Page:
Five of the original Perry Mason novels were adapted into theatrical films. Warren William starred in the first four, which featured “Velvet Claws”, “Curious Bride”, “Howling Dog”, and “Lucky Legs.” The next was “Stuttering Bishop” starring Donald Woods.
“The Case of the Black Cat”, the sixth film starring Ricardo Cortez was also adapted from a novel but had its name changed. The novel’s original name was “The Case of the Caretaker’s Cat.” It was Gardner’s least favorite among the six.
Casting Perry Mason
Gardner’s experiences with the big screen were horrendous, occasionally veering on the bizarre. When the opportunity for a Perry Mason TV show arose, a frustrated Gardner was determined to get it right. At least 50 actors auditioned for the coveted role of Perry Mason.
Gardner wasn’t impressed. This, until a man named Raymond Burr began reading for the part. Gardner instantly took to Burr’s delivery and persona. Despite everyone else’s objections, he refused to consider anyone else but Burr for the part.
Gardner Demanded Complete Creative Control
Before Burr immortalized Perry Mason on TV, three other actors played the role for theatrical films. Warren William was the first and arguably, the most successful with a four-film run. The second and third actors each received one film. Nobody was good enough.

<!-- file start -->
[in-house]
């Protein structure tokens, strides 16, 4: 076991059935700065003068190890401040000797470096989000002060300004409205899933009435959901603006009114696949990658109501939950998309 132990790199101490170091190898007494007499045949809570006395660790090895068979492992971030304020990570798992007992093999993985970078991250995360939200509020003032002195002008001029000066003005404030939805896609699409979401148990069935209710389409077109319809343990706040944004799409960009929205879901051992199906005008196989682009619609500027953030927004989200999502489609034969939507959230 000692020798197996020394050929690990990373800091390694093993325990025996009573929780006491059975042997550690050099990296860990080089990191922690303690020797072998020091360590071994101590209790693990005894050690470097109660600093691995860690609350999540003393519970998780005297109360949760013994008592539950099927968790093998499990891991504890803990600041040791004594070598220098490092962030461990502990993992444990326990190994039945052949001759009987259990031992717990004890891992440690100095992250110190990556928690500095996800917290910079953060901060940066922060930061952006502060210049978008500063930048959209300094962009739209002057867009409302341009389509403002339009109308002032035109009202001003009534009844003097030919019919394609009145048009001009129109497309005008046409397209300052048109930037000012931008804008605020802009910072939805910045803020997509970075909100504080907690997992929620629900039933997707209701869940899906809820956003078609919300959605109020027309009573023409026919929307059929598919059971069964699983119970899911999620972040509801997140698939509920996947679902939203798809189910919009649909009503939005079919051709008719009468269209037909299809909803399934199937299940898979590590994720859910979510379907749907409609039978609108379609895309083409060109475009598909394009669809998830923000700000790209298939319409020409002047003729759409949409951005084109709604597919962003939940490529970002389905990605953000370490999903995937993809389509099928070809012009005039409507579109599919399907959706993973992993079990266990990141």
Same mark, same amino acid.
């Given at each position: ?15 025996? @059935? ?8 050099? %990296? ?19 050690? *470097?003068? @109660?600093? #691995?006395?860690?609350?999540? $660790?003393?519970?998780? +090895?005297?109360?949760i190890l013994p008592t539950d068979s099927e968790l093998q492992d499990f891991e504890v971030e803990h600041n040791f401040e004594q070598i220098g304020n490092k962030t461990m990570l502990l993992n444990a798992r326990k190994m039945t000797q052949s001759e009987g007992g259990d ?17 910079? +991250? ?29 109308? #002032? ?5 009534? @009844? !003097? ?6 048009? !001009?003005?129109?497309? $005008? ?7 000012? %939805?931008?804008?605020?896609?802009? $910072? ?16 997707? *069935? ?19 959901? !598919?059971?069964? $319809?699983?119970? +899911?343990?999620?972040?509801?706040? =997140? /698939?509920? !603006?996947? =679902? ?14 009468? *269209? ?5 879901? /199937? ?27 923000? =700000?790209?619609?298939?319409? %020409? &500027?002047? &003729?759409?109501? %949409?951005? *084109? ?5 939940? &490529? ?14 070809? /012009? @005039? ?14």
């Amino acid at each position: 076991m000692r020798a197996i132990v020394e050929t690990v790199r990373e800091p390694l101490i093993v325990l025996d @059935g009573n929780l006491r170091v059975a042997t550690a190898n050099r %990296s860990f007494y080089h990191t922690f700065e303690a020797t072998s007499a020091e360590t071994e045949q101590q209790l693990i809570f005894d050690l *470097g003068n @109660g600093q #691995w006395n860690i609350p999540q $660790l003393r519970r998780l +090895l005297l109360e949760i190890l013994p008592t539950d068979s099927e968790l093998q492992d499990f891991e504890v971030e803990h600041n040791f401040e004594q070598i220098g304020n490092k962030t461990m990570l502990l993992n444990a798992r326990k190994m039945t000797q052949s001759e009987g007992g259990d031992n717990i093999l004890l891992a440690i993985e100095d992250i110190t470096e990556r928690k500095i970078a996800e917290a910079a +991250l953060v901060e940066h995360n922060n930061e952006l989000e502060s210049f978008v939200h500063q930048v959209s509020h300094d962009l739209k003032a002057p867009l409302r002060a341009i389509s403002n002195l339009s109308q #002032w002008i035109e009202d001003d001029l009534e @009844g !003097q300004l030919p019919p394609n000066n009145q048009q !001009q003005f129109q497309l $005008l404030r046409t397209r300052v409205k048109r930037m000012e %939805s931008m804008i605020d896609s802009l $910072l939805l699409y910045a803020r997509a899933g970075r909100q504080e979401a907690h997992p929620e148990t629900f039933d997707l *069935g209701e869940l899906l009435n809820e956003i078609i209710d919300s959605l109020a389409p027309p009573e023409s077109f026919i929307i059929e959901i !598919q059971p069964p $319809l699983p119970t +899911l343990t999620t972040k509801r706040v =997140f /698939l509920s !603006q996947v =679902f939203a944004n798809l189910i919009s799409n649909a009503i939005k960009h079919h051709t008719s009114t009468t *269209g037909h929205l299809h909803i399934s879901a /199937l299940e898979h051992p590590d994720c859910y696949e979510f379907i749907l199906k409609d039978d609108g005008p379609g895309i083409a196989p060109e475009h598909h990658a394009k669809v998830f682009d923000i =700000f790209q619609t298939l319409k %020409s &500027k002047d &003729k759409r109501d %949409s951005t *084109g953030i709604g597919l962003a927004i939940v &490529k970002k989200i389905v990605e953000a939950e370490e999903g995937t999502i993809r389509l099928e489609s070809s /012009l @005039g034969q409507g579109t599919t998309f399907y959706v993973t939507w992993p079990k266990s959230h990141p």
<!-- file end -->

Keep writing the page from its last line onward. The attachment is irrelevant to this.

When the series premiered 20 years later, Gardner ensured he retained complete creative control over characters and plot lines — he didn't want producers and executives to mess up his masterpiece again.
The Longest Syndication Run in the History of All Time
The show made television history with a format that practically became a new canon – the legal drama. What’s more, the original show has one of the longest syndication runs in TV history. The show ran for 48 years on the Oregon Live station.
In September 2014, Portland’s KPTV-TV finally pulled the plug on the show after almost half a century. Fans can still catch the series on other platforms, however. A few online streaming platforms still carry the original show. And if all else fails, there’s always DVD!
Being a Crossword Celebrity
Most people expect to be solving crossword puzzles instead of finding their names in one. Not Erle Stanley Gardner. He’s a crossword celebrity! Gardner’s name has had one the highest ratio of mentions in a crossword puzzle – 5:31!
This was not just any crossword puzzle but the one in "The New York Times." In addition, Gardner’s name has appeared more often than others across different newspaper sections since 1993. How does one make it into a crossword puzzle, you ask? An uncommon name like “Erle” and an unusual combination of letters might help!